From the technical standpoint, takaful, to all intents and purposes, is no difference from insurance. It therefore follows that the art of evaluating or underwriting a risk would also be no difference from the principles commonly and universally practised by insurance, so long as these principles do not contravene the Shariah rules. After all Islam calls for good governance and excellent management, particularly in a situation where one is entrusted as custodian or trustee to manage and handle money. In a contract, the parties involved have to uphold certain obligations and responsibilities to ensure fairness, transparency and equitibality. Honesty and sincerity are essential hallmarks to check one side from taking undue advantage at the unfair expense of the other resulting to unjust loss and injury not only to the other side, but others as well who at the same time may be having joint financial interest in the same contract. This is where the ‘utmost good faith’, a doctrine strongly advocated in Islam, should strictly be adhered to as a way to prohibit all parties in a takaful contract not to conceal any material fact either at the point of inception of the contract or upon the happening of a misfortune leading to claim.

Since it in the best interest of the parties concerned to safeguard the takaful fund from any undue exposure due to unwarranted practices, it would rest upon the shoulder of the takaful operator to see and ensure that proper professional management is in place. After all, the fund which is built from the tabarru’ or donation portion of the contributions paid by the participants is for their common benefit. Together with the operator as trustee and manager on the one hand, and the participants as the `insurers’ and ‘insured’ at the same time on the other must protect the takaful fund from undesired claims. Towards this end, every strategy adopted in ensuring good management of an insurance company would also be relevant in ensuring good management of takaful. If insurance requires professional skills and strong technical know how in the areas of underwriting, risk management and claims evaluation, so would takaful. However in the case of takaful an appreciation of Shariah would help to enhance towards better understanding of its operation.

The accounting practice adopted is also a critical factor in determining the profit. For practical reason, it is generally accepted by Shariah that cash accounting would be a suitable basis for any contract. Although it is not strictly an issue of Shariah, it is however argued that any profit to be shared must be based on actual or realised figure. To distribute profit which has been not realised is simply not practical. In this respect for the type of takaful operation with profit-sharing arrangement, as practised by Takaful Malaysia, for example, the most appropriate accounting policy would be on cash basis. By this policy, only the recognition of income is on cash basis, but liabilities and expenses are accrued.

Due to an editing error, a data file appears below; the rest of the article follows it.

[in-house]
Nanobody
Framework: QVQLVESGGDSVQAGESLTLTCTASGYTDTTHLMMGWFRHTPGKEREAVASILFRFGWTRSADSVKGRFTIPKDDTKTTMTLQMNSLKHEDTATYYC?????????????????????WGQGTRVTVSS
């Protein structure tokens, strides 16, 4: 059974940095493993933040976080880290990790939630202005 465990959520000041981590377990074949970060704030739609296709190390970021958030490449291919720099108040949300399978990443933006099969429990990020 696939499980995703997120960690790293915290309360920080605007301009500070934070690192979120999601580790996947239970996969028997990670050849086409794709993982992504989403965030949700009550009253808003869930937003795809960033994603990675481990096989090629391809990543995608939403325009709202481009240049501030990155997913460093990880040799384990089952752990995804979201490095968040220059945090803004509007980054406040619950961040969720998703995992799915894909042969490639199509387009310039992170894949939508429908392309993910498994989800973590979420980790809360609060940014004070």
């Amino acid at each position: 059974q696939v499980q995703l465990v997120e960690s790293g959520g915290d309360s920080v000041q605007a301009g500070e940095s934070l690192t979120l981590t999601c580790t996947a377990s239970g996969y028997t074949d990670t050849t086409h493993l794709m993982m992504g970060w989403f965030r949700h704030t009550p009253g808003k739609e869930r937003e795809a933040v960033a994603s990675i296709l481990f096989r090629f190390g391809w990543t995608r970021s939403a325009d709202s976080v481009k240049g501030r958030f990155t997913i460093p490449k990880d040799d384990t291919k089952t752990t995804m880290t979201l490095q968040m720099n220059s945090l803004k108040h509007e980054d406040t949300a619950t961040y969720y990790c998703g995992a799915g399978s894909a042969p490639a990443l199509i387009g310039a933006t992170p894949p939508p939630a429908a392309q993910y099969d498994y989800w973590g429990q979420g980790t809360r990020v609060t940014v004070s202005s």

Following this practice, participants who pay their takaful contributions early, ideally on the day the takaful contract is incepted would have the opportunity to receive relatively higher amount of profit from late paymasters. Profit is calculated from the day contribution was paid. Therefore any delay in the settlement of the contribution would mean an opportunity due to relatively less amount of actual profit received. For example a participant who pays the contribution on the same day the takaful commences would enjoy a full year profit upon the expiry of cover. On the contrary if payment is made three month later, the amount of profit distributed would be equivalent only to three quarter of the full year’s profit.

The other critical feature commonly adopted as part of the accounting policy under the Mudharabah practice is on the treatment of the operator’s management expenses. In this respect, a distinction has to be made between costs of takaful, such as payments of claim, retakaful and reserve which are borne by the takaful fund, from the management expenses of the operator which are charged to the shareholders’ fund. In terms of the takaful contract, participants of general takaful agree that the operator would pay on their behalf claims to their aggrieved fellow participants and other related costs including retakaful and reserve as tabarru’ or donation from their contributions. Like insurance, due to the nature of general takaful, tabarru’ amount can only be known when a misfortune occurs. For the purpose of profit sharing therefore, the contribution recognised as the Mudharabah capital would be the balance after deducting the tabarru’ amount. And investment profit will be added back to the capital.https://www.investmortgageloan.com/wp-admin/tools.php